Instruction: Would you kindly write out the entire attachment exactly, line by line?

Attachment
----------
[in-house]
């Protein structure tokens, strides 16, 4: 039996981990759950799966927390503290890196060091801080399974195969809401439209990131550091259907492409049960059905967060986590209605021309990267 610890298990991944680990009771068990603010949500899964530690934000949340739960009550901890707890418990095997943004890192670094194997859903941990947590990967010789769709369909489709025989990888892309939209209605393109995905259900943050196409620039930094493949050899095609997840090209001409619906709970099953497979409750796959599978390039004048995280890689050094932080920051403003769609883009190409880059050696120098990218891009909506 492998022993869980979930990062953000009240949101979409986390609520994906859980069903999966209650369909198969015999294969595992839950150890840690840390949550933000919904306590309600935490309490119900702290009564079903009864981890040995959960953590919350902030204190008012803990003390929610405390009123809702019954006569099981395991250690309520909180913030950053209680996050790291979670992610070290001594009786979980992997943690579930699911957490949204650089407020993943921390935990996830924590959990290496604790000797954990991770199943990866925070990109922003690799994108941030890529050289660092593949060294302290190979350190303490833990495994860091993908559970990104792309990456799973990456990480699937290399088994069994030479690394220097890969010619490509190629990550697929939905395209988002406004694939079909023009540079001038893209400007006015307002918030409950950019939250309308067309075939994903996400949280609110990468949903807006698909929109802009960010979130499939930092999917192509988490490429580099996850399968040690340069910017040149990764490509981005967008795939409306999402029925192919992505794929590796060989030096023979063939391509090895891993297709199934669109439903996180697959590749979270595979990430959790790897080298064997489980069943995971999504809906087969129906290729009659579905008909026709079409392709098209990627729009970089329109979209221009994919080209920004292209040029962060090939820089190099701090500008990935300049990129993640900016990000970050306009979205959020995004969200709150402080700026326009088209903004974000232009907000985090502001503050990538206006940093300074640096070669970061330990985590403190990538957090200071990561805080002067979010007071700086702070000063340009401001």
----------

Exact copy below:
[in-house]
């Protein structure tokens, strides 16, 4: 039996981990759950799966927390503290890196060091801080399974195969809401439209990131550091259907492409049960059905967060986590209605021309990267 610890298990991944680990009771068990603010949500899964530690934000949340739960009550901890707890418990095997943004890192670094194997859903941990947590990967010789769709369909489709025989990888892309939209209605393109995905259900943050196409620039930094493949050899095609997840090209001409619906709970099953497979409750796959599978390039004048995280890689050094932080920051403003769609883009190409880059050696120098990218891009909506 492998022993869980979930990062953000009240949101979409986390609520994906859980069903999966209650369909198969015999294969595992839950150890840690840390949550933000919904306590309600935490309490119900702290009564079903009864981890040995959960953590919350902030204190008012803990003390929610405390009123809702019954006569099981395991250690309520909180913030950053209680996050790291979670992610070290001594009786979980992997943690579930699911957490949204650089407020993943921390935990996830924590959990290496604790000797954990991770199943990866925070990109922003690799994108941030890529050289660092593949060294302290190979350190303490833990495994860091993908559970990104792309990456799973990456990480699937290399088994069994030479690394220097890969010619490509190629990550697929939905395209988002406004694939079909023009540079001038893209400007006015307002918030409950950019939250309308067309075939994903996400949280609110990468949903807006698909929109802009960010979130499939930092999917192509988490490429580099996850399968040690340069910017040149990764490509981005967008795939409306999402029925192919992505794929590796060989030096023979063939391509090895891993297709199934669109439903996180697959590749979270595979990430959790790897080298064997489980069943995971999504809906087969129906290729009659579905008909026709079409392709098209990627729009970089329109979209221009994919080209920004292209040029962060090939820089190099701090500008990935300049990129993640900016990000970050306009979205959020995004969200709150402080700026326009088209903004974000232009907000985090502001503050990538206006940093300074640096070669970061330990985590403190990538957090200071990561805080002067979010007071700086702070000063340009401001």